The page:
Blast exposure is associated with traumatic brain injury (TBI), neuropsychiatric symptoms, and long-term cognitive disability. We examined a case series of postmortem brains from U.S. military veterans exposed to blast and/or concussive injury. We found evidence of chronic traumatic encephalopathy (CTE), a tau protein-linked neurodegenerative disease, that was similar to the CTE neuropathology observed in young amateur American football players and a professional wrestler with histories of concussive injuries. We developed a blast neurotrauma mouse model that recapitulated CTE-linked neuropathology in wild-type C57BL/6 mice 2 weeks after exposure to a single blast. Blast-exposed mice demonstrated phosphorylated tauopathy, myelinated axonopathy, microvasculopathy, chronic neuroinflammation, and neurodegeneration in the absence of macroscopic tissue damage or hemorrhage. Blast exposure induced persistent hippocampal-dependent learning and memory deficits that persisted for at least 1 month and correlated with impaired axonal conduction and defective activity-dependent long-term potentiation of synaptic transmission. Intracerebral pressure recordings demonstrated that shock waves traversed the mouse brain with minimal change and without thoracic contributions. Kinematic analysis revealed blast-induced head oscillation at accelerations sufficient to cause brain injury. Head immobilization during blast exposure prevented blast-induced learning and memory deficits. The contribution of blast wind to injurious head acceleration may be a primary injury mechanism leading to blast-related TBI and CTE. These results identify common pathogenic determinants leading to CTE in blast-exposed military veterans and head-injured athletes and additionally provide mechanistic evidence linking blast exposure to persistent impairments in neurophysiological function, learning, and memory.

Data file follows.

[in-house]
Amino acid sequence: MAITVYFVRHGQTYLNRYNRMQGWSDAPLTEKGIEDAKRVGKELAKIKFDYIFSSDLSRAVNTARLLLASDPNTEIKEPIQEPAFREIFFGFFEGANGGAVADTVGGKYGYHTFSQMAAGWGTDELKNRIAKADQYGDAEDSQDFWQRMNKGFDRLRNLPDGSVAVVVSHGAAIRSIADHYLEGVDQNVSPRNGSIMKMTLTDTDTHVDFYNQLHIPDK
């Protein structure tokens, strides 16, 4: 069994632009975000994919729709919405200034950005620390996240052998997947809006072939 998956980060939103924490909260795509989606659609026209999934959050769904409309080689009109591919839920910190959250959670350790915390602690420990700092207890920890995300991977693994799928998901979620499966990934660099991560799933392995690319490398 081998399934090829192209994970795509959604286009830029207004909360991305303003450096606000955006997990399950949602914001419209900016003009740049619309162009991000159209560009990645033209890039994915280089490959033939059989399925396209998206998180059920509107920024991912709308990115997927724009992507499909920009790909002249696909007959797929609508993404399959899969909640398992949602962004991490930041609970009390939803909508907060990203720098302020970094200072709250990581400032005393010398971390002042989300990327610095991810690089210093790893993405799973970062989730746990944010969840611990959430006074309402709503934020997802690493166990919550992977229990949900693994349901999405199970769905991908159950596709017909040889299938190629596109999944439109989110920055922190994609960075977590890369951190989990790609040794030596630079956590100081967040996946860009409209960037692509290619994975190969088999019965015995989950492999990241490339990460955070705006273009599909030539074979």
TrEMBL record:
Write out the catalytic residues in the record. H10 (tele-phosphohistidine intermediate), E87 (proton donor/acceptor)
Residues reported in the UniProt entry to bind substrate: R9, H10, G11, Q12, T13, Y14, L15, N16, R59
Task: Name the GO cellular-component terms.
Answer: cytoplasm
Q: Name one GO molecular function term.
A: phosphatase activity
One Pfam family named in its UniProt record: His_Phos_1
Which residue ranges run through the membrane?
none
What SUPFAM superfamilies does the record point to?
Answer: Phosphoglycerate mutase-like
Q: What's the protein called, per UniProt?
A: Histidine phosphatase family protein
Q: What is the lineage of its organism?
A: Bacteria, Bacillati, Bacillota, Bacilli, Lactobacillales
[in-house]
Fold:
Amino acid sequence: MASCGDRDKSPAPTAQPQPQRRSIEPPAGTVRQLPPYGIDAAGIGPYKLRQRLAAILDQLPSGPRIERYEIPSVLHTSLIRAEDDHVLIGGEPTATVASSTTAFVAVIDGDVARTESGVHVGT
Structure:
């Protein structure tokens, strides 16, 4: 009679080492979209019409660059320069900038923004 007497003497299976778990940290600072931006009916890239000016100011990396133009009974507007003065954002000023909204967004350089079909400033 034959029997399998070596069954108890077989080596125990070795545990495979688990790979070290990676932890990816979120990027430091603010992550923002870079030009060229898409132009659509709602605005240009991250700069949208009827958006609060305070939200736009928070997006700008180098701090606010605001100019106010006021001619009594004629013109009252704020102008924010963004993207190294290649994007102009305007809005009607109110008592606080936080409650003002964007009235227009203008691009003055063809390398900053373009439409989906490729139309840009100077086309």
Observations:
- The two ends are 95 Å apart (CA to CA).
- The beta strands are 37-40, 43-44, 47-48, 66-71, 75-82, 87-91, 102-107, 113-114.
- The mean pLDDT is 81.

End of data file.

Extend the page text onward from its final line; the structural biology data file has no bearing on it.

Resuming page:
16. Chronic Traumatic Encephalopathy in Blast-Exposed Military Veterans and a Blast Neurotrauma Mouse Model